4 Ways to Subtract Added Sugars from your Diet

Food is often central to our gatherings and conversations with friends and family. And it usually doesn’t take long before the conversation turns to what people are trying to eat less of. Enter sugar. Whether it’s naturally occurring from fruit or the kind that’s added to your favorite food or beverage, everyone seems to have an opinion about sugar. In our 2022 Food & Health Survey, 59% of people said they were trying to limit the amount of sugar in their diet, and 14% said they were trying to avoid sugar entirely.

While avoiding sugar entirely may not be entirely realistic, many people could benefit from consuming less added sugar. Most of us consume more added sugar than is recommended. If you’re trying to eat healthier and subtract added sugars from your diet, here are four ways you can get started.

Beverages: Think about what you drink

Everyone loves a cold beverage, especially when the weather heats up. But it’s no secret that many beverages contain calories, including calories from added sugars. Most of the added sugars that we consume in the U.S. comes from beverages. Try to keep the amount of added sugars you drink to a minimum by choosing water, smaller portion sizes, and lower- and no-calorie options more often.

FruitFocus on the whole picture

If you are avoiding sugar entirely, then you may be avoiding fruit. That’s bananas because fruit is one of the healthiest food choices you can make. Unfortunately, fruit intake in the U.S. is lower than what experts recommend and has been for decades. Fruit contributes vital nutrients to our diet that most of us don’t eat enough of — like fiber and potassium. While some beverages like smoothies and 100% juices can contribute to fruit intake, focus on whole fruits first. When selecting fresh fruit, choose a wide variety of colors. When choosing canned, dried or frozen fruit, select those that are unsweetened or packed in their own juice or water.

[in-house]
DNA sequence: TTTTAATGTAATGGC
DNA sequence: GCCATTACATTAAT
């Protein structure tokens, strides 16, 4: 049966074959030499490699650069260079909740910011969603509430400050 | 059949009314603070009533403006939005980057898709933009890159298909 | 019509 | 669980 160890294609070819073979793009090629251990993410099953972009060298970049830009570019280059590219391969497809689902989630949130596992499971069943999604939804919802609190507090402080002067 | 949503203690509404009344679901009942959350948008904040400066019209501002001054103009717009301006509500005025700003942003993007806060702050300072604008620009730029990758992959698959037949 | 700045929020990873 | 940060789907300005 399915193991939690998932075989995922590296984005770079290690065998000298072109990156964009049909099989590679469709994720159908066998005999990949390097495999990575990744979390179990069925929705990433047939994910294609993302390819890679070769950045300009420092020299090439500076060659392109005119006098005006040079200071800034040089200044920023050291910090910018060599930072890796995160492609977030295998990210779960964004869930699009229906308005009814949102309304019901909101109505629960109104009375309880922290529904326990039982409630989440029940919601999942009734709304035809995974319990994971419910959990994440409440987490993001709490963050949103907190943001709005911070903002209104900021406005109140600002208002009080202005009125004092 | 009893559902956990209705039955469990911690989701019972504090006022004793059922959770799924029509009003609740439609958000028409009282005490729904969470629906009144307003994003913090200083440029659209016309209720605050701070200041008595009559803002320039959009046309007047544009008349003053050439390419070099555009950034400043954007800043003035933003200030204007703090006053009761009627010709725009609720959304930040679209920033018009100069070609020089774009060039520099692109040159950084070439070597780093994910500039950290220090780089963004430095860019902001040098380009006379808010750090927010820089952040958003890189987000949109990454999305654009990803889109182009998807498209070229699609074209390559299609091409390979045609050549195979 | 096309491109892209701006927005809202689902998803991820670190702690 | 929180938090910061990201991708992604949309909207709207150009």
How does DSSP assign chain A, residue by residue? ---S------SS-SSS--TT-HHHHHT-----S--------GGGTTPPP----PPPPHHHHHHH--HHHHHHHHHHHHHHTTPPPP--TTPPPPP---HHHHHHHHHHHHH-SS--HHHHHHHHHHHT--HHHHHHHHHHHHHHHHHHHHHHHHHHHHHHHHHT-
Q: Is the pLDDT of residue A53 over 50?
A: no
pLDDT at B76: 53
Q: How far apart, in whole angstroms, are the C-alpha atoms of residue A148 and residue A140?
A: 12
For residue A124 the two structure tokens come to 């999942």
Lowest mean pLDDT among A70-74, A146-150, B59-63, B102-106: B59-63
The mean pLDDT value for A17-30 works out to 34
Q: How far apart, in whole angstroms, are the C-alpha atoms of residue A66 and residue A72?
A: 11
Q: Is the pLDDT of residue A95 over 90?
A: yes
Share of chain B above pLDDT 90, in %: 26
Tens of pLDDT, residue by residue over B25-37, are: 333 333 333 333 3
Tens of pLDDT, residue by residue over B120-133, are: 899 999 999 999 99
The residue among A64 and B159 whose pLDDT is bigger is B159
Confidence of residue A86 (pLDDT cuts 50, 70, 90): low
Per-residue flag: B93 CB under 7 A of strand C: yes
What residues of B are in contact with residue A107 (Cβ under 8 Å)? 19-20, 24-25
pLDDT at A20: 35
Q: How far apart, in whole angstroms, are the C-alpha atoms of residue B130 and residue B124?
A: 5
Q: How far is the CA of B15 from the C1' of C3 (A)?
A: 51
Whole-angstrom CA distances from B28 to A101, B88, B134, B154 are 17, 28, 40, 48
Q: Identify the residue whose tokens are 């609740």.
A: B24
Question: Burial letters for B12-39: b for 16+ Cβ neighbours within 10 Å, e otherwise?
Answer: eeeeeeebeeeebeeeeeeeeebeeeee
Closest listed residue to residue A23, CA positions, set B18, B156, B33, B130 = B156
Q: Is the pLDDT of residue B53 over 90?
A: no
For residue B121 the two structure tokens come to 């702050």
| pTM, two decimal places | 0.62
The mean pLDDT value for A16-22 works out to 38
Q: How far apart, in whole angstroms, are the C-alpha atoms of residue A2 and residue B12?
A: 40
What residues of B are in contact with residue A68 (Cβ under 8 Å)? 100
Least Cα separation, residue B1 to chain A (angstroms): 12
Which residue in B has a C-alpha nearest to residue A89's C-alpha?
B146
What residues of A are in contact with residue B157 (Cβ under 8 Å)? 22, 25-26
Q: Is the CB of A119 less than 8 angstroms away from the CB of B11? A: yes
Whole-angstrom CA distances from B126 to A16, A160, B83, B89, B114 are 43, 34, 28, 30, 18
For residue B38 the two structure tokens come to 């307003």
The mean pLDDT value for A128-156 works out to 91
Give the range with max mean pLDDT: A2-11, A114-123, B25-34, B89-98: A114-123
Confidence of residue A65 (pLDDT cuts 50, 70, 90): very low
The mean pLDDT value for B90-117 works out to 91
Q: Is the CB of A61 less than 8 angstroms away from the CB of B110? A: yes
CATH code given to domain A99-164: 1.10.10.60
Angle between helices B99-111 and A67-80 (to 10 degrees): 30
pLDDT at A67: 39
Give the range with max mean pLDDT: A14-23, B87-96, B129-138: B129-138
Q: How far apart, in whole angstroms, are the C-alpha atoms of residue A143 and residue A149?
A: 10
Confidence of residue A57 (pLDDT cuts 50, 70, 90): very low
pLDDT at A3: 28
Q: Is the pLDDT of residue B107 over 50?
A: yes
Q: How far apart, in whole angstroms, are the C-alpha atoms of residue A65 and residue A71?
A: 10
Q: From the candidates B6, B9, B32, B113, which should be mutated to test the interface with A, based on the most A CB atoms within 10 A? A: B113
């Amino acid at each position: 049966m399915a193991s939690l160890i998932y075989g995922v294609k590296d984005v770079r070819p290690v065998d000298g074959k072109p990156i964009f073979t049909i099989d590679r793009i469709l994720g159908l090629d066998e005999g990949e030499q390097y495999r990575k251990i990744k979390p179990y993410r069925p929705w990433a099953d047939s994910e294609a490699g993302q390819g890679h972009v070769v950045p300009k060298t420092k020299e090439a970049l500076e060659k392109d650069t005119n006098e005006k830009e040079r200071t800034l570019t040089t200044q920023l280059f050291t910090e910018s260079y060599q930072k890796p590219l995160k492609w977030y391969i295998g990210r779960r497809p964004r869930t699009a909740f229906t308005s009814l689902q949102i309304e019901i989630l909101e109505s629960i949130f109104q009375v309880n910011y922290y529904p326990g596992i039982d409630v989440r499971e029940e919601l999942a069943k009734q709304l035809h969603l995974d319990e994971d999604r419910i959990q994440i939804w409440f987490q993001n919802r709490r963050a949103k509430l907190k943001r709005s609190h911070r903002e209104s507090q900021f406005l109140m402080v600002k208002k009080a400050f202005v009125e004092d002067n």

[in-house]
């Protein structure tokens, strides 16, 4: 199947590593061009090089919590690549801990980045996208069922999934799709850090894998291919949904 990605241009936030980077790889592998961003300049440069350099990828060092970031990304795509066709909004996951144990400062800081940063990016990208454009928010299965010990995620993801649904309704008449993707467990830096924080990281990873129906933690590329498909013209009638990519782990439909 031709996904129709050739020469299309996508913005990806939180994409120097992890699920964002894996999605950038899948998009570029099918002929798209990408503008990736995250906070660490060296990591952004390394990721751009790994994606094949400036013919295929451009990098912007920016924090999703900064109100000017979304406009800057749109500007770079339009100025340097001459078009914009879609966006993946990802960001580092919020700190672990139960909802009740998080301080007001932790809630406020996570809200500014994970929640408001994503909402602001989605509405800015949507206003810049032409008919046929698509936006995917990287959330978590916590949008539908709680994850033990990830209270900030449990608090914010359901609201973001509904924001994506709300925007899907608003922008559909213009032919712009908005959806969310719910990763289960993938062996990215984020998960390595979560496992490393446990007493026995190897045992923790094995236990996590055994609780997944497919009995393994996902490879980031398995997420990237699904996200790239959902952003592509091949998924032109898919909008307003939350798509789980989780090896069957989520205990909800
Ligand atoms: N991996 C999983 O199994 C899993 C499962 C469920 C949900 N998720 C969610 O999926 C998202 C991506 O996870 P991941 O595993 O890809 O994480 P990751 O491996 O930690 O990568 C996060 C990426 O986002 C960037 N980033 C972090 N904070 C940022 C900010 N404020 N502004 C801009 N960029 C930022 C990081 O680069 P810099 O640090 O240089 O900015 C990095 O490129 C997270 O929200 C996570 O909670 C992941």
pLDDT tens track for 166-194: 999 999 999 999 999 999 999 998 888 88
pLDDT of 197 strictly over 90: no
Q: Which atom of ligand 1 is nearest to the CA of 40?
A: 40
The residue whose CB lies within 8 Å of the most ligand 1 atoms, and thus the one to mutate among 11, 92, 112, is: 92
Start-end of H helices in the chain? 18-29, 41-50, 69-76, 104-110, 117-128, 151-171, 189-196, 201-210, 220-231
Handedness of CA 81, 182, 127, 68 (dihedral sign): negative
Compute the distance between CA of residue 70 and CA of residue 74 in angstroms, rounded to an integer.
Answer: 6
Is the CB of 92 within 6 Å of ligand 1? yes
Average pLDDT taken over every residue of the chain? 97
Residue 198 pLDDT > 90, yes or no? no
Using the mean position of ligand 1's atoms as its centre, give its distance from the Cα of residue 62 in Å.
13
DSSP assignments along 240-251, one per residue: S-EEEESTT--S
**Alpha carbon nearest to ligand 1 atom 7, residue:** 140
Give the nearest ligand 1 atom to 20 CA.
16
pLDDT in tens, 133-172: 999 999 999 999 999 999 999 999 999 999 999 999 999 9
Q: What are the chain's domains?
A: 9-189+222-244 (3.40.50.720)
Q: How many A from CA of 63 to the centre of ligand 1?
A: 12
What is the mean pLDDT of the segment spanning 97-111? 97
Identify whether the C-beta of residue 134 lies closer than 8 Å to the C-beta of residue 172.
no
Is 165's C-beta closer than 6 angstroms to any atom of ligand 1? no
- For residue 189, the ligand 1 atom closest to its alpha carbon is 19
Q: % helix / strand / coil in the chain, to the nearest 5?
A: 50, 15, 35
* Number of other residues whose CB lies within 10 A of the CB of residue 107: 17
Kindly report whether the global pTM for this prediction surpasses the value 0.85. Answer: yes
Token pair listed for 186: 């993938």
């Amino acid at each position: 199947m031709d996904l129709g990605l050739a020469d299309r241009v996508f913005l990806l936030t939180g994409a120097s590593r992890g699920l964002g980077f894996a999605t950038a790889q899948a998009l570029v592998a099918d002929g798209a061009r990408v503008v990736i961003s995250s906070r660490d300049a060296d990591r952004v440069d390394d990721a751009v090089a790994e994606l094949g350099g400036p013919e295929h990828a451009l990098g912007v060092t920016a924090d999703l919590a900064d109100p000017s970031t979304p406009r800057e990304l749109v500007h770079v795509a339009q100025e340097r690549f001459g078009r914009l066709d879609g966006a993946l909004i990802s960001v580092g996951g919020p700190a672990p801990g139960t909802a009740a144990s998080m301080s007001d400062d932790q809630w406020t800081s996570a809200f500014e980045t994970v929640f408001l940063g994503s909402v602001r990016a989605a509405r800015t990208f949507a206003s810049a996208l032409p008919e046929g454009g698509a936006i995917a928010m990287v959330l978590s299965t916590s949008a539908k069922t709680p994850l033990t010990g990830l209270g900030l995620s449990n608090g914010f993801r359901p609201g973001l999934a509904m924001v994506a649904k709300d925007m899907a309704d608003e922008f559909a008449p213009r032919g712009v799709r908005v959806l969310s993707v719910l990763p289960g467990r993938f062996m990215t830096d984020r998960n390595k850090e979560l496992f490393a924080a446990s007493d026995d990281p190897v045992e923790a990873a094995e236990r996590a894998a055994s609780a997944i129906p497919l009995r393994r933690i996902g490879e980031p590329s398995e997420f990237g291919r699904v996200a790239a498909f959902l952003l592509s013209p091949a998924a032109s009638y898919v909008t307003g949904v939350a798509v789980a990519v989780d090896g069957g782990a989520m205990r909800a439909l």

Dairy: Aim for plain

Dairy offers a variety of essential nutrients like protein, calcium, potassium and vitamin D. And while it’s true that dairy products contain naturally occurring sugars, not all dairy products contain added sugars. To reduce your calorie intake from added sugars in dairy products, aim for plain milk and yogurt more often. If you are not ready to switch to plain dairy, use nutrition facts labels to find varieties that are lower in added sugars.

Nutrition FactsRead and compare between labels

Nutrition Facts labels contain information on added sugars. If you’re looking to reduce the amount of added sugars you consume, read and compare between Nutrition Facts labels to identify which product has fewer grams of added sugars. Here are two tips to help you correctly interpret sugars information found on Nutrition Facts labels.

  • Use the “Total Sugars” line to determine the full amount of sugars in a labeled serving. This amount represents both naturally occurring and added sugars, added together.
  • Directly below the “Total Sugars” line you’ll see the “Includes Xg Added Sugars” line. Use this number to determine the amount of sugars that have been added to the product. This amount does not include naturally occurring sugars.